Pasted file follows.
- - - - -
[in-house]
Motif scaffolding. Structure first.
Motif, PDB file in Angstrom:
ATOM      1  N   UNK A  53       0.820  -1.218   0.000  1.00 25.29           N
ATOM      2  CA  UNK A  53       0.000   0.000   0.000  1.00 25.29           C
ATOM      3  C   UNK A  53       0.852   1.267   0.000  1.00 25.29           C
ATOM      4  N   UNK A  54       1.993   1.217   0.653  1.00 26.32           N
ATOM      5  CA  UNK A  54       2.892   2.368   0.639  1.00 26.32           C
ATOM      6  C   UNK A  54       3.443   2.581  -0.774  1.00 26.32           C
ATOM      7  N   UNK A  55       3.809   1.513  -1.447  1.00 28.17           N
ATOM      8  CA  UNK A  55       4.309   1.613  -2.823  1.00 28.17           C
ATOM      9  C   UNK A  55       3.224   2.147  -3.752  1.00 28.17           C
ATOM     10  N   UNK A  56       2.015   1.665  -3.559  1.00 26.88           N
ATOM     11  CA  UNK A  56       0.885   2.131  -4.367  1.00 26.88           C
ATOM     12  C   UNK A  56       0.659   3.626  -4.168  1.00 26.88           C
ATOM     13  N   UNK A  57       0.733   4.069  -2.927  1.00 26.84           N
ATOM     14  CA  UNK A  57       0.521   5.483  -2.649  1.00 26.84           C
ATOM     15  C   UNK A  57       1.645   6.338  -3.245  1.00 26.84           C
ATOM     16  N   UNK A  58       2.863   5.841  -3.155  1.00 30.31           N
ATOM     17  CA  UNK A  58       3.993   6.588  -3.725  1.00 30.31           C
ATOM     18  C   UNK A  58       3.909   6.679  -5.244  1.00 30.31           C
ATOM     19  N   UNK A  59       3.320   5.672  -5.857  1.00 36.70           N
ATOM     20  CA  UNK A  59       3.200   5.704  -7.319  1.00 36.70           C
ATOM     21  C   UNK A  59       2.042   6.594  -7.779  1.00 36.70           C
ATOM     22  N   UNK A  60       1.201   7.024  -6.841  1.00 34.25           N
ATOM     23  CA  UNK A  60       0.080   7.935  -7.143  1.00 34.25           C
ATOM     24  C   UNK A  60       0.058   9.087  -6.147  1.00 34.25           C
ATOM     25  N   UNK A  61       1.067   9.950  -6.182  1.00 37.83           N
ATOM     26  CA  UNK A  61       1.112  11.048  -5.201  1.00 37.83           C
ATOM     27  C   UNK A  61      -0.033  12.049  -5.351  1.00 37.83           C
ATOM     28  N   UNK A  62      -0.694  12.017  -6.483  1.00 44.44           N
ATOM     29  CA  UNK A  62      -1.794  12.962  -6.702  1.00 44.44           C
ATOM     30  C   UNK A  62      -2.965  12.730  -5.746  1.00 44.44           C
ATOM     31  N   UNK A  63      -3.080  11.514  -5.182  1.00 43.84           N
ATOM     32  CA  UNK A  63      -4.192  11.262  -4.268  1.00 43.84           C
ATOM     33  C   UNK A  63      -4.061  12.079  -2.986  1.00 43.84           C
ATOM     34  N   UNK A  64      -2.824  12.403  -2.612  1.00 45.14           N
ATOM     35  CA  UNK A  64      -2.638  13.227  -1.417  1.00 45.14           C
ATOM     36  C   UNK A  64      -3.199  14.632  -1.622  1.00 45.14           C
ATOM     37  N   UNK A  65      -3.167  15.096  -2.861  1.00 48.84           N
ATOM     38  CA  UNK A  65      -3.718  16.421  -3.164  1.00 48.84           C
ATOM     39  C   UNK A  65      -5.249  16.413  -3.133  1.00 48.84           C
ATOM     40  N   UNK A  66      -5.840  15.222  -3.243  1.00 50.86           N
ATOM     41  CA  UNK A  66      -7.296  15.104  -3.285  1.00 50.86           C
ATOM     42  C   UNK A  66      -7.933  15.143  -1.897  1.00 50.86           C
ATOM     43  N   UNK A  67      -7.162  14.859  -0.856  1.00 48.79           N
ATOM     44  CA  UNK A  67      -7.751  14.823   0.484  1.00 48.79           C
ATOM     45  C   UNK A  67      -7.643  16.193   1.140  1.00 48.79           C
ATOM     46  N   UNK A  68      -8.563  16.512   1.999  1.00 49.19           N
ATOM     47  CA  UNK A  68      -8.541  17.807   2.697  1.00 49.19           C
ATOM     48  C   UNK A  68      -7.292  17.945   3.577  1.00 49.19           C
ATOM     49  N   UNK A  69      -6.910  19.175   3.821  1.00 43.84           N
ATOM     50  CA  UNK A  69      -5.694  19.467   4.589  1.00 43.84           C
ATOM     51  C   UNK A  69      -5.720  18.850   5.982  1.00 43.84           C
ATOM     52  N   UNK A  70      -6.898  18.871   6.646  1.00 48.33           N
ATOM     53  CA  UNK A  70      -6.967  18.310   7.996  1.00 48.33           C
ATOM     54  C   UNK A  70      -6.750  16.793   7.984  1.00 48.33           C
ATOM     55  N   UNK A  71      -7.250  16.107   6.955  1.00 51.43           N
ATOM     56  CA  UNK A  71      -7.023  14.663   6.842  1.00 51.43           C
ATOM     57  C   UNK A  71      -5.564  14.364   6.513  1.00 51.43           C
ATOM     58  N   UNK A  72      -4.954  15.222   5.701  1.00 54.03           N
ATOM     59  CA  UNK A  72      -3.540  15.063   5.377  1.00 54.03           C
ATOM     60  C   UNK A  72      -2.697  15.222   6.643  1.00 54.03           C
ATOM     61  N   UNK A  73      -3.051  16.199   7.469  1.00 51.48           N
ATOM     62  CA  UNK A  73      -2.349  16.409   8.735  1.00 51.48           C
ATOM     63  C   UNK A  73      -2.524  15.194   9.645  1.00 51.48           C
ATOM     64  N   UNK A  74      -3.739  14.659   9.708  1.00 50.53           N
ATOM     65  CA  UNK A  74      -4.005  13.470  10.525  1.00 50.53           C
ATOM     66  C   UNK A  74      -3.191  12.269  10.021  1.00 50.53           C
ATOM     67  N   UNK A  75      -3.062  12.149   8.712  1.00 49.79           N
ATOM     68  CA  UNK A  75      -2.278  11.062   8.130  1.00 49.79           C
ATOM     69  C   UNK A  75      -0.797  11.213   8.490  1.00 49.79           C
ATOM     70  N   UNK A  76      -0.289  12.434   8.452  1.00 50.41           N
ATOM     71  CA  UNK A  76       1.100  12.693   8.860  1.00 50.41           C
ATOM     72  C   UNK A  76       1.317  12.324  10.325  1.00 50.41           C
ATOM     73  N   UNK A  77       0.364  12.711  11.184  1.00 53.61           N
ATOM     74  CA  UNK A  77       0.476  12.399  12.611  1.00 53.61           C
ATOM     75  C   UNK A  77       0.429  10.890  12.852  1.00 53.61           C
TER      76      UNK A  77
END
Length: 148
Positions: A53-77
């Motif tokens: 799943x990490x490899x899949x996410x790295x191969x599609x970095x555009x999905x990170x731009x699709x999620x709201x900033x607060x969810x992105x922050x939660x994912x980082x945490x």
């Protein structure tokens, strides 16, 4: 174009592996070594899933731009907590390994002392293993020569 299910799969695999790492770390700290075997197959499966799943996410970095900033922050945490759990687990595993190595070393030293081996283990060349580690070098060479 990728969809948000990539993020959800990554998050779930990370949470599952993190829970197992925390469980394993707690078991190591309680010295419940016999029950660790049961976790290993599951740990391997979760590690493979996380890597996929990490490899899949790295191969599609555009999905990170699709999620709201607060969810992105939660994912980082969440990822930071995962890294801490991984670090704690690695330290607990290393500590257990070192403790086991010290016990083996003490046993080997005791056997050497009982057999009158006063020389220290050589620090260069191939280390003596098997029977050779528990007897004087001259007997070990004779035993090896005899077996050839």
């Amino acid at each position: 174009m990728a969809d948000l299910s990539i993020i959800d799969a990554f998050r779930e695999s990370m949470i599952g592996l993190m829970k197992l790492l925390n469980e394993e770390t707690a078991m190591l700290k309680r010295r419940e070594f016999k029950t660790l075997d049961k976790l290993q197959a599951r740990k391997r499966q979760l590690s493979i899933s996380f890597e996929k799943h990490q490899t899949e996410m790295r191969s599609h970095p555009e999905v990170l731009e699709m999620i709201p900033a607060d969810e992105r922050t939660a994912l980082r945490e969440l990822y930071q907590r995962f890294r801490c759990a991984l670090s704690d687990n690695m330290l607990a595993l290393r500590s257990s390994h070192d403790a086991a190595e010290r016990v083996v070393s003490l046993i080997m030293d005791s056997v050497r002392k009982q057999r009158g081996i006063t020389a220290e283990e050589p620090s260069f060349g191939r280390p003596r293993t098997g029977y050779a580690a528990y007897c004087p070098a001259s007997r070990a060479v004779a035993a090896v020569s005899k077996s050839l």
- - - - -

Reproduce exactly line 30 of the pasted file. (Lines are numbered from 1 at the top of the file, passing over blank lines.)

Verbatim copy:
ATOM     27  C   UNK A  61      -0.033  12.049  -5.351  1.00 37.83           C